In other ways, fungi exemplify the dependence on them of all organisms. Our bodies rely on a surprisingly wide range of bacterial and fungal communities which are called our microbiome. Scarily, microbiologists have computed that at most only 43 percent of the cell count that make up our bodies are actually of human origin. In other words around 60% of the cells are bacterial and fungal in origin.
I am reminded that, until relatively recently, fungi were considered a marginal subset of the kingdom of plants. Even when I was studying them in the 1970s it was breaking news when they were awarded their own kingdom based on their scale, variety and ecological importance and were put on a par with animals, plants and bacteria. More significantly, the reclassification of fungi into its own grouping, which is, in part, based on genetic studies, finds them more closely related to animals than plants. A significantly large number of physiological processes discovered so far in some fungi, for example the production of Vitamin D, is no mere coincidence. It points to an ancestral alignment of fungi biological systems with those of animals.
The oldest confirmed fungal fossil is dated at about 800 million years old. Evolutionary biologists believe the animal and fungi evolutionary trees separated from each other around a billion years ago.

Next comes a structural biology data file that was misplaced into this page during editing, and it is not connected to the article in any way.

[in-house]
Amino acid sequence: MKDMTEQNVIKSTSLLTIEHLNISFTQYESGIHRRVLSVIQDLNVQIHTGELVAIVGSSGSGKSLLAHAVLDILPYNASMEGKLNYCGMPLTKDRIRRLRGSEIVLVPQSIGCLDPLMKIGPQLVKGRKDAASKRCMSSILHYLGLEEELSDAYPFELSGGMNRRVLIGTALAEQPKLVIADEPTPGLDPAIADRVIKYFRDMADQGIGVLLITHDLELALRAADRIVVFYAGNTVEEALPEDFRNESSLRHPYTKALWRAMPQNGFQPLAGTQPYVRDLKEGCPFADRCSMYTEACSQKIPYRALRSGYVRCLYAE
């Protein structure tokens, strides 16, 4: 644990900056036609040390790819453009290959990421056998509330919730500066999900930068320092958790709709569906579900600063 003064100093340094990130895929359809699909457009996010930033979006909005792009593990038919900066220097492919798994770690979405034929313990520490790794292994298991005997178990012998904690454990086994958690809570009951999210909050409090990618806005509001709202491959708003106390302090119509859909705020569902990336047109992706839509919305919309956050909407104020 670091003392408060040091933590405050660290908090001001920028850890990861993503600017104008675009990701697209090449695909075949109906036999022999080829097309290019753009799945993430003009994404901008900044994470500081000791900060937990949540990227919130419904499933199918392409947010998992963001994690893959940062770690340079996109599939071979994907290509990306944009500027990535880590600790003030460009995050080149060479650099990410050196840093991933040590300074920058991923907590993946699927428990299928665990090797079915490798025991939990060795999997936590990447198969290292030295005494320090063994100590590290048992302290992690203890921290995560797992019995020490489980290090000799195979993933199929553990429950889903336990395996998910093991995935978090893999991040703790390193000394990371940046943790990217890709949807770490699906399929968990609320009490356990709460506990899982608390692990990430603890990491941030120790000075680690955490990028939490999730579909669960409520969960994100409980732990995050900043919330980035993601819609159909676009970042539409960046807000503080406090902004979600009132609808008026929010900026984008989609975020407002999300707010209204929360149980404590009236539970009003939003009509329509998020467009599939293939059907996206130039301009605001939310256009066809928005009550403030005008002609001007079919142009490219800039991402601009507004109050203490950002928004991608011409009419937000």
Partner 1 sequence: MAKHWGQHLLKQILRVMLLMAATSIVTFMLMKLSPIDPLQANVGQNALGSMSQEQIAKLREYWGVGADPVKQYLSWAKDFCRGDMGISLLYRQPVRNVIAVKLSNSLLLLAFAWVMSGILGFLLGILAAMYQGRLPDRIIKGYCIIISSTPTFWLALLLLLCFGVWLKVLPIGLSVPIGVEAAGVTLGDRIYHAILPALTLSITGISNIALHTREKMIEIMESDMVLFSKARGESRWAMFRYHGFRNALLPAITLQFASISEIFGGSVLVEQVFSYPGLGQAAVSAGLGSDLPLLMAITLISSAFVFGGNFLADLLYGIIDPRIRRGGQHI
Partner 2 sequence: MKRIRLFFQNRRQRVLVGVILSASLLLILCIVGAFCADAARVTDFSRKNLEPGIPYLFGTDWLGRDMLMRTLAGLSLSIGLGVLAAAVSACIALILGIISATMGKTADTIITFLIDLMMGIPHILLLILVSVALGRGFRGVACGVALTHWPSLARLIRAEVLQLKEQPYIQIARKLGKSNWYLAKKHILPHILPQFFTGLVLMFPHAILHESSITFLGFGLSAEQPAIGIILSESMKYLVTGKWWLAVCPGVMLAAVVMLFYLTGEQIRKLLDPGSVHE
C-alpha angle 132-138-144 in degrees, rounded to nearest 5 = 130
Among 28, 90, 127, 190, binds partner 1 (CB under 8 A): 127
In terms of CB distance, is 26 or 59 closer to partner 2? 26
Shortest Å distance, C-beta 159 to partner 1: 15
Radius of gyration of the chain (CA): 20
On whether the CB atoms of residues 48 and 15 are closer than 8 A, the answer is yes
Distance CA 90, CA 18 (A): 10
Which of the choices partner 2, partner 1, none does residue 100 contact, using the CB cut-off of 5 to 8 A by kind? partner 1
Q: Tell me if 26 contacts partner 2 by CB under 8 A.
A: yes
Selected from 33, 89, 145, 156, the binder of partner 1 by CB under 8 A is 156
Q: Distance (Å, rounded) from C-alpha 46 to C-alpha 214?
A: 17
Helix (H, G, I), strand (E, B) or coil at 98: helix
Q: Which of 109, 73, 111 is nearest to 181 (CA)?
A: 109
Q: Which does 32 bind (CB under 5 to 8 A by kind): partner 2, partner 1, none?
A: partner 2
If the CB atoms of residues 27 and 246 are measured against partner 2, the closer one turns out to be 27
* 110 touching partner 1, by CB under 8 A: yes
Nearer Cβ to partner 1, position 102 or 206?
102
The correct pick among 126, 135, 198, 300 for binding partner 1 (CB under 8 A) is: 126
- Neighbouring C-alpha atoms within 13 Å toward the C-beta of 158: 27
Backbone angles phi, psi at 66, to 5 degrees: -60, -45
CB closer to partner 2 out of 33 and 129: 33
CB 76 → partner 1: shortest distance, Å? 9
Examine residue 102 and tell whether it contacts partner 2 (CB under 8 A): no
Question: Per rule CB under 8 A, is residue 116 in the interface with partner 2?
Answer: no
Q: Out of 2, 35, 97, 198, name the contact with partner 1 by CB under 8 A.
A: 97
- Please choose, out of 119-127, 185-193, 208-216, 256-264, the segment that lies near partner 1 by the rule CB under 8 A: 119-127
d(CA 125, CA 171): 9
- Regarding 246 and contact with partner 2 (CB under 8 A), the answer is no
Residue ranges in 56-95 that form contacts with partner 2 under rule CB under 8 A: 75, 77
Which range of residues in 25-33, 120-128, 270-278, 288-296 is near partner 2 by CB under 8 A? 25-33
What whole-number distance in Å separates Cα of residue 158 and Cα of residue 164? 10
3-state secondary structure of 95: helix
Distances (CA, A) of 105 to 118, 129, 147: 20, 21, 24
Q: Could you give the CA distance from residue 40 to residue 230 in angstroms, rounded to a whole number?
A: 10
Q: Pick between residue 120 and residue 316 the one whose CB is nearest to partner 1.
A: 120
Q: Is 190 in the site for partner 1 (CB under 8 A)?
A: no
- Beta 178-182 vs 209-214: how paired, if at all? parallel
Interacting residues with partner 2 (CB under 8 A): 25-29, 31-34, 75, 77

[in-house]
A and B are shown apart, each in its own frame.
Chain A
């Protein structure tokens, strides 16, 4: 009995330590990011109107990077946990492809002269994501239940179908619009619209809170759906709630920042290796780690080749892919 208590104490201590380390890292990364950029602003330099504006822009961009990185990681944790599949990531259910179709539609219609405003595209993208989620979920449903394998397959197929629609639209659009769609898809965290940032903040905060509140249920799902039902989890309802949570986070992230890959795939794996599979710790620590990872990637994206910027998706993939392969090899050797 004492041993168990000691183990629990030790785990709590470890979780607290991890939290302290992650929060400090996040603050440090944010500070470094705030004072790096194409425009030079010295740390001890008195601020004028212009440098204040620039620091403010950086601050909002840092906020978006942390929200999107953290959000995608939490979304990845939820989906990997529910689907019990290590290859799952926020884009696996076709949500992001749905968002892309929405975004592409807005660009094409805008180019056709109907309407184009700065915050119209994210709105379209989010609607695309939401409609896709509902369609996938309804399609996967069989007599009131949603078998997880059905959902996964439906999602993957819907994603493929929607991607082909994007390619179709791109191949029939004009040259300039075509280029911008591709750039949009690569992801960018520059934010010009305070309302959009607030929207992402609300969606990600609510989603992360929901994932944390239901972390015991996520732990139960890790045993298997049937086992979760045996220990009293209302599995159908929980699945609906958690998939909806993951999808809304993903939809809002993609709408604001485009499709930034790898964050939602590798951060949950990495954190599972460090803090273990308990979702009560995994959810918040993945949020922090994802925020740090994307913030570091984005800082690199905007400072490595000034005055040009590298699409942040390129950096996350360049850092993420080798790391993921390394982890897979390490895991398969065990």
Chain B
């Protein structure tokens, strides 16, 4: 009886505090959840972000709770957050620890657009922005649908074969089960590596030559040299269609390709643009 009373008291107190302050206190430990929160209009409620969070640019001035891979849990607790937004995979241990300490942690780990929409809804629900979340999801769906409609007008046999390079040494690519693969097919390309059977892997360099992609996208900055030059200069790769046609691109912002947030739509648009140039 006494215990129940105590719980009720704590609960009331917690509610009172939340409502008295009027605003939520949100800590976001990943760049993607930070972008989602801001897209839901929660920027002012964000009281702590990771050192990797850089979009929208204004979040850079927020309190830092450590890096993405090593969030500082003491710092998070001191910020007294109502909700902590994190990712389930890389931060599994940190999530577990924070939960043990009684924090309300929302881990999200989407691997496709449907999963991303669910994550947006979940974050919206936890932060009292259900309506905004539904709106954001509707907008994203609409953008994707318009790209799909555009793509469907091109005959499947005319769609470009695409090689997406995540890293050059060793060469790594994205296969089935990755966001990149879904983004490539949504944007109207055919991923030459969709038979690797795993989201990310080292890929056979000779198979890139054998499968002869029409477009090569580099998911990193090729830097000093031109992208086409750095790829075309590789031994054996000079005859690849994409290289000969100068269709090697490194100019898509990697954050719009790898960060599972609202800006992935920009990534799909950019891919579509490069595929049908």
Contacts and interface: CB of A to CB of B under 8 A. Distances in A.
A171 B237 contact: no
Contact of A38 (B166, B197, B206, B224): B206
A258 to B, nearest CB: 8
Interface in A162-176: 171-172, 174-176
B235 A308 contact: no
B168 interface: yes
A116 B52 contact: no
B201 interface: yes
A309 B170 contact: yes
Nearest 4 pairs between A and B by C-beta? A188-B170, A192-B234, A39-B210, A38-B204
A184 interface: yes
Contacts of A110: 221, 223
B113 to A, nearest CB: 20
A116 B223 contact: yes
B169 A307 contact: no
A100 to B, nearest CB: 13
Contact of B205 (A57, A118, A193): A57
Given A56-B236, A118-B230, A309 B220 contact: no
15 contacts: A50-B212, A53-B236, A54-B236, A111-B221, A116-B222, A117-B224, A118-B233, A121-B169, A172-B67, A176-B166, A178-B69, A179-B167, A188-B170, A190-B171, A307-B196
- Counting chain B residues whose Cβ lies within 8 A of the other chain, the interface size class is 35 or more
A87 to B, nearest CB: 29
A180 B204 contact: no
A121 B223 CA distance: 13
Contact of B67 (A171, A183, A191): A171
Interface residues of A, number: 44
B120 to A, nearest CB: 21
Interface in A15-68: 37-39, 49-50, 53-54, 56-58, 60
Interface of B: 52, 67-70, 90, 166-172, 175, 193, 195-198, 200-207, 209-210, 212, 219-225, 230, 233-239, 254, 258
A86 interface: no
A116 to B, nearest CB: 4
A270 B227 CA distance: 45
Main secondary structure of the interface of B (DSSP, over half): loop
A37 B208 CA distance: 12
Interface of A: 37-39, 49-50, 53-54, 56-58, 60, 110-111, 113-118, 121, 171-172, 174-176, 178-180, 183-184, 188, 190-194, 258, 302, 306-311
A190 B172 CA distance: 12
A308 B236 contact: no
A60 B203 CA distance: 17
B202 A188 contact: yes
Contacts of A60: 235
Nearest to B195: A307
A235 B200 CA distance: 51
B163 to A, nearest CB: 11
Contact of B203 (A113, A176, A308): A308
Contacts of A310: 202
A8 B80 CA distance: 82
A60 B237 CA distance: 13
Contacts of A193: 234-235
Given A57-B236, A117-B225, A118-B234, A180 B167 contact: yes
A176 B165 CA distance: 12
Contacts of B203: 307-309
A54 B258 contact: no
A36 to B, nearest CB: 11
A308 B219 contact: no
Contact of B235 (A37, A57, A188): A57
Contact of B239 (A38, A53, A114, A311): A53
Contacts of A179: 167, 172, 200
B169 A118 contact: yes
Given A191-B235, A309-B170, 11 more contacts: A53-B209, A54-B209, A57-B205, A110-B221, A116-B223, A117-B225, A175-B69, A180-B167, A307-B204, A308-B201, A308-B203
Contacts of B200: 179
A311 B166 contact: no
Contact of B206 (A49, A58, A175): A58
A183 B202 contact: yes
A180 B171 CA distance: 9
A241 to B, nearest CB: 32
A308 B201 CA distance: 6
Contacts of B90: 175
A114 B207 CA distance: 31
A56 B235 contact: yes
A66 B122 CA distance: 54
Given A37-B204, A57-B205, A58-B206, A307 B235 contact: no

Until 400 million years ago life on earth was still confined to the oceans. Terrestrial life was just beginning to populate the land. It is thought fungi were in the vanguard of that initial, tentative invasion from the sea, probably in a symbiotic relationship with simple plants. Though now extinct, the descendants of both algal and fungal parties to the symbiotic relationship can be found today. Ancestors of today’s lichens, the ‘prototaxites’ were at 25 feet, the largest living land ‘organisms’: the ‘trees’ of their day.
Fungi closely interact with plants in all environments, exchanging nutrients and transmitting chemical information between fungal mycelia and plant root systems, which has been described as a single shared circulatory and nervous system in one. Associated with plant roots, the filaments are called mycorrhizae or ‘fungal roots’ that dissolve and extract minerals from the soil in exchange for plant sugars produced by photosynthesis. In woodlands, fungal networks are not just alongside but actually inside trees, with their filaments threaded and woven in and among all the tree stem, leaf, flower and fruit cells securing and exchanging nutrients.
As humans we arrogantly see ourselves sitting above all other animals, consider plants as there only for our benefit and pleasure and fungi as largely irrelevant. Measured in terms of longevity, survival, adaptability in every ecosystem, fungi could be measured as scoring highest of them all. A foray for fungi can be much more than just a way to gather tasty food.